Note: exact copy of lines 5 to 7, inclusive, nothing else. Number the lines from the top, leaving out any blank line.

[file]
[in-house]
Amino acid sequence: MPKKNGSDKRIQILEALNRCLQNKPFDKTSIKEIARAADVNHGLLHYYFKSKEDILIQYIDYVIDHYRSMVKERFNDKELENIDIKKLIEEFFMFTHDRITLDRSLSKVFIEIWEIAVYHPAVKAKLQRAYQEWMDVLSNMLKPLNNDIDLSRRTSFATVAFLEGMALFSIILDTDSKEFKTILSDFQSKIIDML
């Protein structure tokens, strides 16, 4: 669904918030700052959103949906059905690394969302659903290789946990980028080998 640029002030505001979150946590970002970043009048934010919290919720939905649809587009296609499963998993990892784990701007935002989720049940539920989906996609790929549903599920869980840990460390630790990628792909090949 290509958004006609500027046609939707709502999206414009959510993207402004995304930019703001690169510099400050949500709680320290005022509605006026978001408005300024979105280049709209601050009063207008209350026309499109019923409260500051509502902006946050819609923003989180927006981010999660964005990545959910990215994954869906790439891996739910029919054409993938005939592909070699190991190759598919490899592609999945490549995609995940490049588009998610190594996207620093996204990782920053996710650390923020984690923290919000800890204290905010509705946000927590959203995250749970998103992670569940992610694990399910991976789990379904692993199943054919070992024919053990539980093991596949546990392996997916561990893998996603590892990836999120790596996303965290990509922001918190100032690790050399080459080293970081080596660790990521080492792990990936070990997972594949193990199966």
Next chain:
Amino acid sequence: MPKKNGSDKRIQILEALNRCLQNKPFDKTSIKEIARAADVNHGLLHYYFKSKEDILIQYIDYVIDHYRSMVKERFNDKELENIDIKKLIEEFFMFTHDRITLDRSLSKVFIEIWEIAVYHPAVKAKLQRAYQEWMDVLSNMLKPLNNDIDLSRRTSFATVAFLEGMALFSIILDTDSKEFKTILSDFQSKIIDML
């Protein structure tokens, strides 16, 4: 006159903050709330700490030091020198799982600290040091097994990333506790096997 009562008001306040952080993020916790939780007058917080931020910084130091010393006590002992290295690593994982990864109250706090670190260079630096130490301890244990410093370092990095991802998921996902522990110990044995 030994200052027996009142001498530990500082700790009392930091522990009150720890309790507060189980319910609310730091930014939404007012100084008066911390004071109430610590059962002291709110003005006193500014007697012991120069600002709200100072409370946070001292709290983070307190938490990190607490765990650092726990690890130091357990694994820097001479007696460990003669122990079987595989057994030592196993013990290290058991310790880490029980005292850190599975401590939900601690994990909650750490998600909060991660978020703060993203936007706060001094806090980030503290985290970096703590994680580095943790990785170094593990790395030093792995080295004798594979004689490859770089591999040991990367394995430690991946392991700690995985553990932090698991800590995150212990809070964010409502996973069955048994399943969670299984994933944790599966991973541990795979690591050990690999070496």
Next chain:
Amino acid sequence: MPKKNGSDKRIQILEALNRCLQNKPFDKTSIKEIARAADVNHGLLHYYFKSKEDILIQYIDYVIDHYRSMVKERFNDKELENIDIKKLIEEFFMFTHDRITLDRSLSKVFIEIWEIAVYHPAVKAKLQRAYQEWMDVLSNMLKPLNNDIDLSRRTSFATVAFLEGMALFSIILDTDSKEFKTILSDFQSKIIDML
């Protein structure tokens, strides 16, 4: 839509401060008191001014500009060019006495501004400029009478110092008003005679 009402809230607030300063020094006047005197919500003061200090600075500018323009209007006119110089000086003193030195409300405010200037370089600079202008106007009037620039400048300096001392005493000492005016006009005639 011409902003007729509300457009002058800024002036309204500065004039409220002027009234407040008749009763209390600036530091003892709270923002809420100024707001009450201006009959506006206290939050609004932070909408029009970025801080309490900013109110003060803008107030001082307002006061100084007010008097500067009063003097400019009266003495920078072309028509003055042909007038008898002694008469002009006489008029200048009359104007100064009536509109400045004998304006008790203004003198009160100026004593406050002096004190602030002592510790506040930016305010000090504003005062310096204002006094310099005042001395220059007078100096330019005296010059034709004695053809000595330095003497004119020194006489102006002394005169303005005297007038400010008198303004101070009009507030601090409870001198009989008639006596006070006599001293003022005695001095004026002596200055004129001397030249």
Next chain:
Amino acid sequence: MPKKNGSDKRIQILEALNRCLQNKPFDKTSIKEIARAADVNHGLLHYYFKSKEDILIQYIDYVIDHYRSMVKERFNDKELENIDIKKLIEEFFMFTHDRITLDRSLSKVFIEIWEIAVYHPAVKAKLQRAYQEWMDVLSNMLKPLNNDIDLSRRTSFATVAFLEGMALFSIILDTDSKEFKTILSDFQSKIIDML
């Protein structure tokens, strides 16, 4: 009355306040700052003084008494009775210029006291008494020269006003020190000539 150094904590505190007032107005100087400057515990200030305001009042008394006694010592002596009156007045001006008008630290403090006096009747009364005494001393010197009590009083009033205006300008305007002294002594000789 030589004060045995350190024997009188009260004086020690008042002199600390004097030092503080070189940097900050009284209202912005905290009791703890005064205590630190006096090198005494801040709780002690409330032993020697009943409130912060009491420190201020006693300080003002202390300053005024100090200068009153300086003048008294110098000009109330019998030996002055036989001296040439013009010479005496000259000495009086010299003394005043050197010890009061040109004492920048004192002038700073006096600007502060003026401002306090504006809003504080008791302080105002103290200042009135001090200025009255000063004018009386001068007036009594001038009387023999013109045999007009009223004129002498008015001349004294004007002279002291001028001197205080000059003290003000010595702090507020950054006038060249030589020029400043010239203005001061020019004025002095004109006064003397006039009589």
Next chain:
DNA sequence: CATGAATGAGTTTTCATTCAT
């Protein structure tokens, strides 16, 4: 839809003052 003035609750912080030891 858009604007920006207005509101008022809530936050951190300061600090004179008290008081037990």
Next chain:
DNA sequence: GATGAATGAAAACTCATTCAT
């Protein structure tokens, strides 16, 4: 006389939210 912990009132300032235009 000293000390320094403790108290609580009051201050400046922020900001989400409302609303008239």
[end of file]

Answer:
Amino acid sequence: MPKKNGSDKRIQILEALNRCLQNKPFDKTSIKEIARAADVNHGLLHYYFKSKEDILIQYIDYVIDHYRSMVKERFNDKELENIDIKKLIEEFFMFTHDRITLDRSLSKVFIEIWEIAVYHPAVKAKLQRAYQEWMDVLSNMLKPLNNDIDLSRRTSFATVAFLEGMALFSIILDTDSKEFKTILSDFQSKIIDML
């Protein structure tokens, strides 16, 4: 006159903050709330700490030091020198799982600290040091097994990333506790096997 009562008001306040952080993020916790939780007058917080931020910084130091010393006590002992290295690593994982990864109250706090670190260079630096130490301890244990410093370092990095991802998921996902522990110990044995 030994200052027996009142001498530990500082700790009392930091522990009150720890309790507060189980319910609310730091930014939404007012100084008066911390004071109430610590059962002291709110003005006193500014007697012991120069600002709200100072409370946070001292709290983070307190938490990190607490765990650092726990690890130091357990694994820097001479007696460990003669122990079987595989057994030592196993013990290290058991310790880490029980005292850190599975401590939900601690994990909650750490998600909060991660978020703060993203936007706060001094806090980030503290985290970096703590994680580095943790990785170094593990790395030093792995080295004798594979004689490859770089591999040991990367394995430690991946392991700690995985553990932090698991800590995150212990809070964010409502996973069955048994399943969670299984994933944790599966991973541990795979690591050990690999070496």
Next chain: